The app has its practical uses. Of the 3,000 downloads in the first 24 hours, some may have been by descendants of the 750,000 people who fled or were forced out in 1948 and now come to Israel looking for the site of their ancestral home in a landscape of freeways, factories and subdivisions. Bound volumes like All That Remains can help, but as Jeries says, “It’s not easy to find the destroyed places.”

But the app also represents a new frontier—clean, bright, helpful—in the competition between historical narratives. Israelis and Palestinians have different experiences of the last century, and each wants the world at large to see history from their perspective. The differences between them extend even as far as dates: Israel changes the date of Independence Day every year, marking the occasion according to the lunar-based Jewish calendar. Palestinians use May 15, the day after Israel signed its declaration of independence on the Gregorian calendar in 1948.

The iNakba effort is unlikely to change many minds among Jewish Israelis, says Dahlia Scheindlin, a political consultant and pollster who blogs on the leftist +972 site. “Up until now, Zochrot has taken very radical positions,” she tells TIME. By supporting the right of return for Palestinians—allowing descendants of the 1948 exodus to live in Israel—the group has placed itself in line with a segment of the Jewish Israeli population that, Scheindlin says, is too tiny to register in public opinion surveys. Nakba is so unpopular a notion that until the Knesset legal advisor barred its introduction in 2012, Israeli lawmakers championed a bill barring its commemoration inside Israel, even though 20 percent of the population is Arab, many descended from the Palestinians who were allowed to remain after 1948.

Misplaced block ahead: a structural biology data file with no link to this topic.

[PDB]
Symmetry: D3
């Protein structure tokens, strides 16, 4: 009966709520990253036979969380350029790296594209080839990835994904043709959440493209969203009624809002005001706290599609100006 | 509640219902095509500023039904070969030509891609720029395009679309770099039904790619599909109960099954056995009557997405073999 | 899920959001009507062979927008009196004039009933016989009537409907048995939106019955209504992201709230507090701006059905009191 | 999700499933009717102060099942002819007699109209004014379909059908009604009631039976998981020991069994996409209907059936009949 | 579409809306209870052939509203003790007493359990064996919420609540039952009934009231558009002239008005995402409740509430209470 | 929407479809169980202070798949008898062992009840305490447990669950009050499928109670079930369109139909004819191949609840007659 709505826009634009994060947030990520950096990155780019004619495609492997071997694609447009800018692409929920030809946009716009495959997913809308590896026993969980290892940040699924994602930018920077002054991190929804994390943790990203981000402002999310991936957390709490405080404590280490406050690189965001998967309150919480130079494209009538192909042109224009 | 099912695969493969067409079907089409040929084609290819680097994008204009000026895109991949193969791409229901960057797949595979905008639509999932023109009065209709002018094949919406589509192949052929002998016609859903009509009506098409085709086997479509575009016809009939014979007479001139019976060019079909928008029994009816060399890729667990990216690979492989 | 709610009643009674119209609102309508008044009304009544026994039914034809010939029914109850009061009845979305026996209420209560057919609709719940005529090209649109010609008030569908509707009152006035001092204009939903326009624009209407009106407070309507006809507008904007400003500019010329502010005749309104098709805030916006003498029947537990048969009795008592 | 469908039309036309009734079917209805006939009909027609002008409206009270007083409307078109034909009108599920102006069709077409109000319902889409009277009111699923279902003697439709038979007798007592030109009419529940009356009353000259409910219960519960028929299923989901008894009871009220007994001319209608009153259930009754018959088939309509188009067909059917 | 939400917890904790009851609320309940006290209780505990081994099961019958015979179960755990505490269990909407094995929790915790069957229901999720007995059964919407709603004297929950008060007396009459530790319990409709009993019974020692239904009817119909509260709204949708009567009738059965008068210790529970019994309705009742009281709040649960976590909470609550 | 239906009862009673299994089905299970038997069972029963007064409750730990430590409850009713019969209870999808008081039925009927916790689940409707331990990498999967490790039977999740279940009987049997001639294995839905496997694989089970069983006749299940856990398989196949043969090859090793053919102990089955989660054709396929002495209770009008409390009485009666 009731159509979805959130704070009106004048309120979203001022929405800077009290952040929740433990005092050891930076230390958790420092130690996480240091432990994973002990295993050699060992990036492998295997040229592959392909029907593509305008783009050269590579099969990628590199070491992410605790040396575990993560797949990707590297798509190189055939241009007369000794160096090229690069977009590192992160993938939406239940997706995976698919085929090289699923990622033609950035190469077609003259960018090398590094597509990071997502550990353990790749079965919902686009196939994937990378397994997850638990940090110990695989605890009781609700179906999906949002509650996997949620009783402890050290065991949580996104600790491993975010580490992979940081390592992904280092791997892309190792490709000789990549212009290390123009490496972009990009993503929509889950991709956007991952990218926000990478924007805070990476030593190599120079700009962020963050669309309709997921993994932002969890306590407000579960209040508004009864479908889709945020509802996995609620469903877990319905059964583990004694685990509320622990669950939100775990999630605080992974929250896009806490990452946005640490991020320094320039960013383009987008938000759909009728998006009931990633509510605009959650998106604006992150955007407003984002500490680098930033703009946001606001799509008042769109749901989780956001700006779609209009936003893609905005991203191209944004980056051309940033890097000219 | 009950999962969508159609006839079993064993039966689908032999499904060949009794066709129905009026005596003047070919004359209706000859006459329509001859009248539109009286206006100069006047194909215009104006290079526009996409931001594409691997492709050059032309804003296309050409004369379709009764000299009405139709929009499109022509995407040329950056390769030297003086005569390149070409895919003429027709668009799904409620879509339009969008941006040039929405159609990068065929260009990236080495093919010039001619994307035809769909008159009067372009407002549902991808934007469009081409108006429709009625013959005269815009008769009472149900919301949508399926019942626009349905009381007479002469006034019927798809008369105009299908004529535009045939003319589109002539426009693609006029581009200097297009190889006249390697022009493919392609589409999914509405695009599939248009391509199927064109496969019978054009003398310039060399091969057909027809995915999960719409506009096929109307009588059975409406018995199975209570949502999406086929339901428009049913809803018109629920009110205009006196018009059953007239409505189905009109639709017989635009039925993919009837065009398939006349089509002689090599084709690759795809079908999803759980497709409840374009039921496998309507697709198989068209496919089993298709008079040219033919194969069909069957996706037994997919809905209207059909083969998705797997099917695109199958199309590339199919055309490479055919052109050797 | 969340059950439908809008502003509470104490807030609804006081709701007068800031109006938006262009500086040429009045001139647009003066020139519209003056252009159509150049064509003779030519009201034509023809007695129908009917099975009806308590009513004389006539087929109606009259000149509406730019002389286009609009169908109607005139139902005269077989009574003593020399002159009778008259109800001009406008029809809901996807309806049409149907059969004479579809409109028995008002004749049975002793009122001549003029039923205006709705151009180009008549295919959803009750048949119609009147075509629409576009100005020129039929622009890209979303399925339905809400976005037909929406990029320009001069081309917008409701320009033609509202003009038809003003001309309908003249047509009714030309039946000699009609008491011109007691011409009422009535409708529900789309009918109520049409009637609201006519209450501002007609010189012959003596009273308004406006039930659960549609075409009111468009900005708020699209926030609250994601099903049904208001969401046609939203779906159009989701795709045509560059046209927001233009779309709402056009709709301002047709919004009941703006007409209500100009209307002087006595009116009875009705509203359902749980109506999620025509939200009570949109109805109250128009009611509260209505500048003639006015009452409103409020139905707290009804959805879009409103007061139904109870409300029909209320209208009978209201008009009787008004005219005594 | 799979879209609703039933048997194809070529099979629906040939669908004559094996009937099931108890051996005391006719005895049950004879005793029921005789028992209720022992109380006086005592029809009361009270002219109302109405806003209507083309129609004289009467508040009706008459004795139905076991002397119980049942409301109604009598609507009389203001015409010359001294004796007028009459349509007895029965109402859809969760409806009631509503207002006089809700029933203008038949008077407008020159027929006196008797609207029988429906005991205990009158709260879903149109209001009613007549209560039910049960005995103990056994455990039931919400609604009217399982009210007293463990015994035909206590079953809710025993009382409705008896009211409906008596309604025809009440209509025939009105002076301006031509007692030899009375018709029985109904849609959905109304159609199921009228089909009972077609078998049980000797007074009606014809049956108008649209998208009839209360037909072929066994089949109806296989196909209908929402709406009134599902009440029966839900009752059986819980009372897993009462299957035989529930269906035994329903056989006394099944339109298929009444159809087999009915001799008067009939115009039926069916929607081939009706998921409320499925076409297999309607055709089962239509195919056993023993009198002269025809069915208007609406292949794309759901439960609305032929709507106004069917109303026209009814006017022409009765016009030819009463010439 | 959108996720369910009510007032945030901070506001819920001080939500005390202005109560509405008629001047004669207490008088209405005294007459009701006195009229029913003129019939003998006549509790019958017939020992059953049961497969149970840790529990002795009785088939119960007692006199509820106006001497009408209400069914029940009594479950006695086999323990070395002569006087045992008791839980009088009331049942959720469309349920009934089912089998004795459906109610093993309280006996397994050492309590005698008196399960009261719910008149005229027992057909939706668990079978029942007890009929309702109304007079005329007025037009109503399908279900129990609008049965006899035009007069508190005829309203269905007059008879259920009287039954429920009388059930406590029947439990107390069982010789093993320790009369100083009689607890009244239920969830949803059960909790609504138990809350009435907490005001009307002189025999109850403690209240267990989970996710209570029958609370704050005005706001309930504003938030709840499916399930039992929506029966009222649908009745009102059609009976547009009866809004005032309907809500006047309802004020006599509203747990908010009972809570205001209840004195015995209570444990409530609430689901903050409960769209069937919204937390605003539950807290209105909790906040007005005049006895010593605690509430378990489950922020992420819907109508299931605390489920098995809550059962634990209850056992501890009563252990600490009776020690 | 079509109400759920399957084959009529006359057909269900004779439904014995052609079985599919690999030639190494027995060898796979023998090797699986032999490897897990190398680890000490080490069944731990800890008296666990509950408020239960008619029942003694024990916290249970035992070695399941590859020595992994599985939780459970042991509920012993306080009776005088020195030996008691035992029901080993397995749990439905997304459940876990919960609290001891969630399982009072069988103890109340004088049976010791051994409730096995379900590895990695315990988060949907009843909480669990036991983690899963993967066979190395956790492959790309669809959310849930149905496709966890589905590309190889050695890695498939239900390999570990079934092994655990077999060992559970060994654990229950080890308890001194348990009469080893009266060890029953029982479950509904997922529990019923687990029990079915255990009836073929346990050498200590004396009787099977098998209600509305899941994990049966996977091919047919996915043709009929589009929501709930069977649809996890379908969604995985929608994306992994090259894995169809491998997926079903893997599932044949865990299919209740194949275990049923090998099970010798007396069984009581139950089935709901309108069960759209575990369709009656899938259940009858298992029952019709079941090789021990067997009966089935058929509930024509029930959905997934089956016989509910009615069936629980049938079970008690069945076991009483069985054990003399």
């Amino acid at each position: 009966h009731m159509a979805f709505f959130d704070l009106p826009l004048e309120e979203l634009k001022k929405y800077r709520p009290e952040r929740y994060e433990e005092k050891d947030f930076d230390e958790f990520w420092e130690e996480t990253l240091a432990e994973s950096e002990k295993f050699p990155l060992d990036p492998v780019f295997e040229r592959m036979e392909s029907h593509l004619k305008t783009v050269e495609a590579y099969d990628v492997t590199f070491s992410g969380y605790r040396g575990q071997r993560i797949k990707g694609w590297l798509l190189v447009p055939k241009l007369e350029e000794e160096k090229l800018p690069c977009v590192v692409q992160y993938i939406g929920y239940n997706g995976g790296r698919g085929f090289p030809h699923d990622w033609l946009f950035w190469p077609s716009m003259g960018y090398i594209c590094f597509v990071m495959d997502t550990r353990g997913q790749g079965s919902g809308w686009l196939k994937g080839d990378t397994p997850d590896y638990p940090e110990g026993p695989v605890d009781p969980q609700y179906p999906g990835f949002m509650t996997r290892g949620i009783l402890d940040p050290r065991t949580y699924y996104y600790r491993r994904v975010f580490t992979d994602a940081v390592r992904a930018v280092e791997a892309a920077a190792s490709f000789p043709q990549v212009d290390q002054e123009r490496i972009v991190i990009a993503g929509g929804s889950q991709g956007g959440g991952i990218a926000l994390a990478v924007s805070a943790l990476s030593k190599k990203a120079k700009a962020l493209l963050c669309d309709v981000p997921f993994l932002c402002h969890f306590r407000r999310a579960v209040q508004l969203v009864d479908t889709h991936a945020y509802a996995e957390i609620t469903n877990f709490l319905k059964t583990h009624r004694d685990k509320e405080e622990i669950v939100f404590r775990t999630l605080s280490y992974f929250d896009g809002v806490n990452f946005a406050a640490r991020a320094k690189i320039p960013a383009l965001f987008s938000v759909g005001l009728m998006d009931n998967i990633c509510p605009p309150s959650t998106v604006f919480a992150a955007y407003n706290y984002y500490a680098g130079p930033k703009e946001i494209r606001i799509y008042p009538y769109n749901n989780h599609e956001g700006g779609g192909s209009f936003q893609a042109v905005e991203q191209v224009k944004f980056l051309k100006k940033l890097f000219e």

Still, Scheindlin says, Zochrot has displayed a talent for framing a volatile issue in new ways. “They’re making an effort to get noticed in Israeli society,” she says, “and at least talk in way that will get people thinking.”

TIME relationships

There’s Now A Wide Selection Of Tinder Alternatives For Jewish Singles

Getty Images

Matchmaker, matchmaker, swipe me a match

Considering that there are dating apps for farmers looking for other famers, it should hardly be a surprise that there’s a new Tinder specifically geared towards Jewish singles.

JSwipe is a Tinder derivative that launched on the first day of Passover, perhaps aiming to distract a bread-starved consumer base with pictures of nearby Jewish matches. After clarifying your Jewish affiliation (Orthodox? Willing to convert?) and eating tendencies (What’s your stance on cheeseburgers?), users are free to swipe right (which prompts a happy face Star of David) and left (sad face Star of David) to their Semitic-seeking hearts’ content.

And why stop at just one Jewish Tinder alternative?

There’s also JCrush, an app that launched in early April for the less decisive lover. Not only do users have a “Maybe” option, but even if they swipe left for no (in this case shown by a red “x” mark with “Oy Vey” written across the symbol) they can go back to change their minds.

Note: Religious affiliation doesn’t assure quality control. Some mensch matches apparently believe “Mazel Tov, sweet cheeks!” is an appropriate conversation starter.